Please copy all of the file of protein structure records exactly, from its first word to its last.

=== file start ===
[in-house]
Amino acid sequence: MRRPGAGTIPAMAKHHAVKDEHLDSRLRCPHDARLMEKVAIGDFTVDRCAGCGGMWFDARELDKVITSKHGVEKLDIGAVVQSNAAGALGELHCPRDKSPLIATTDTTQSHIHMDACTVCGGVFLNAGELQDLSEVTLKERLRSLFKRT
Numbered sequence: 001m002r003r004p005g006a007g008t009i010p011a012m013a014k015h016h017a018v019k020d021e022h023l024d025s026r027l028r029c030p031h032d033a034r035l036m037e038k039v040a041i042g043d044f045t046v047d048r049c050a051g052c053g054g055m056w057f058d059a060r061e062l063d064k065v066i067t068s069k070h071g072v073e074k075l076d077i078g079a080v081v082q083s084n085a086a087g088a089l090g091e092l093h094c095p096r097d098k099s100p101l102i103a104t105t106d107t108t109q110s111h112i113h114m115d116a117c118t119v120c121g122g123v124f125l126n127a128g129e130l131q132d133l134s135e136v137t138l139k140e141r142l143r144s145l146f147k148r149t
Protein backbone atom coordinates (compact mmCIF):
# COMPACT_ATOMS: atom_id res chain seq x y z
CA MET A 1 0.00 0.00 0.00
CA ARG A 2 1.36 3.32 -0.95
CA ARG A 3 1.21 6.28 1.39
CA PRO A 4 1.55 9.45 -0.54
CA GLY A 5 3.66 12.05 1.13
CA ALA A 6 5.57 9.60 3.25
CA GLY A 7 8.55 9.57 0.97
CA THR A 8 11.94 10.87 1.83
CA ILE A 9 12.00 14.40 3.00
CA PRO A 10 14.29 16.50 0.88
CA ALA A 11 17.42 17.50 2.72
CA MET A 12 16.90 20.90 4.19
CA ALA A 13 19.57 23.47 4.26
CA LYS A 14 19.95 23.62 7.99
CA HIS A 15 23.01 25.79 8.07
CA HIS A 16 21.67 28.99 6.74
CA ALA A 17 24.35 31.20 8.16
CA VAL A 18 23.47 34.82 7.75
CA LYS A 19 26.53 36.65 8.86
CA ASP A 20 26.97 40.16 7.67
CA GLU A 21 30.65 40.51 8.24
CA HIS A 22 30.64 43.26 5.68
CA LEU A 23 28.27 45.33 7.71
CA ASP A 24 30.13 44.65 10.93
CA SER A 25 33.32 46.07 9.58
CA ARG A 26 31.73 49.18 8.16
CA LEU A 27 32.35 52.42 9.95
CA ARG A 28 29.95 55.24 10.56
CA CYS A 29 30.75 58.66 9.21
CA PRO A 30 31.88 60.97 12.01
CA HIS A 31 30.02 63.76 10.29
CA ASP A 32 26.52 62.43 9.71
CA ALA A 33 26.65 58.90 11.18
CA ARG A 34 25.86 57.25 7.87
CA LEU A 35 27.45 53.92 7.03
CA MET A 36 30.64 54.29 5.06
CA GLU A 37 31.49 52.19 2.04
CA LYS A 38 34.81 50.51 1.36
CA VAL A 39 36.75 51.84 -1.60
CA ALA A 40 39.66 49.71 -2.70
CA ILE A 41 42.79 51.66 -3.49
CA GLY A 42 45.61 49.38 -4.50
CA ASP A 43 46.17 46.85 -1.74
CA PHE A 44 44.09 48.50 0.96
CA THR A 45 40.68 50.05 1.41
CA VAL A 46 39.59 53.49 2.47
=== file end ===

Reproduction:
[in-house]
Amino acid sequence: MRRPGAGTIPAMAKHHAVKDEHLDSRLRCPHDARLMEKVAIGDFTVDRCAGCGGMWFDARELDKVITSKHGVEKLDIGAVVQSNAAGALGELHCPRDKSPLIATTDTTQSHIHMDACTVCGGVFLNAGELQDLSEVTLKERLRSLFKRT
Numbered sequence: 001m002r003r004p005g006a007g008t009i010p011a012m013a014k015h016h017a018v019k020d021e022h023l024d025s026r027l028r029c030p031h032d033a034r035l036m037e038k039v040a041i042g043d044f045t046v047d048r049c050a051g052c053g054g055m056w057f058d059a060r061e062l063d064k065v066i067t068s069k070h071g072v073e074k075l076d077i078g079a080v081v082q083s084n085a086a087g088a089l090g091e092l093h094c095p096r097d098k099s100p101l102i103a104t105t106d107t108t109q110s111h112i113h114m115d116a117c118t119v120c121g122g123v124f125l126n127a128g129e130l131q132d133l134s135e136v137t138l139k140e141r142l143r144s145l146f147k148r149t
Protein backbone atom coordinates (compact mmCIF):
# COMPACT_ATOMS: atom_id res chain seq x y z
CA MET A 1 0.00 0.00 0.00
CA ARG A 2 1.36 3.32 -0.95
CA ARG A 3 1.21 6.28 1.39
CA PRO A 4 1.55 9.45 -0.54
CA GLY A 5 3.66 12.05 1.13
CA ALA A 6 5.57 9.60 3.25
CA GLY A 7 8.55 9.57 0.97
CA THR A 8 11.94 10.87 1.83
CA ILE A 9 12.00 14.40 3.00
CA PRO A 10 14.29 16.50 0.88
CA ALA A 11 17.42 17.50 2.72
CA MET A 12 16.90 20.90 4.19
CA ALA A 13 19.57 23.47 4.26
CA LYS A 14 19.95 23.62 7.99
CA HIS A 15 23.01 25.79 8.07
CA HIS A 16 21.67 28.99 6.74
CA ALA A 17 24.35 31.20 8.16
CA VAL A 18 23.47 34.82 7.75
CA LYS A 19 26.53 36.65 8.86
CA ASP A 20 26.97 40.16 7.67
CA GLU A 21 30.65 40.51 8.24
CA HIS A 22 30.64 43.26 5.68
CA LEU A 23 28.27 45.33 7.71
CA ASP A 24 30.13 44.65 10.93
CA SER A 25 33.32 46.07 9.58
CA ARG A 26 31.73 49.18 8.16
CA LEU A 27 32.35 52.42 9.95
CA ARG A 28 29.95 55.24 10.56
CA CYS A 29 30.75 58.66 9.21
CA PRO A 30 31.88 60.97 12.01
CA HIS A 31 30.02 63.76 10.29
CA ASP A 32 26.52 62.43 9.71
CA ALA A 33 26.65 58.90 11.18
CA ARG A 34 25.86 57.25 7.87
CA LEU A 35 27.45 53.92 7.03
CA MET A 36 30.64 54.29 5.06
CA GLU A 37 31.49 52.19 2.04
CA LYS A 38 34.81 50.51 1.36
CA VAL A 39 36.75 51.84 -1.60
CA ALA A 40 39.66 49.71 -2.70
CA ILE A 41 42.79 51.66 -3.49
CA GLY A 42 45.61 49.38 -4.50
CA ASP A 43 46.17 46.85 -1.74
CA PHE A 44 44.09 48.50 0.96
CA THR A 45 40.68 50.05 1.41
CA VAL A 46 39.59 53.49 2.47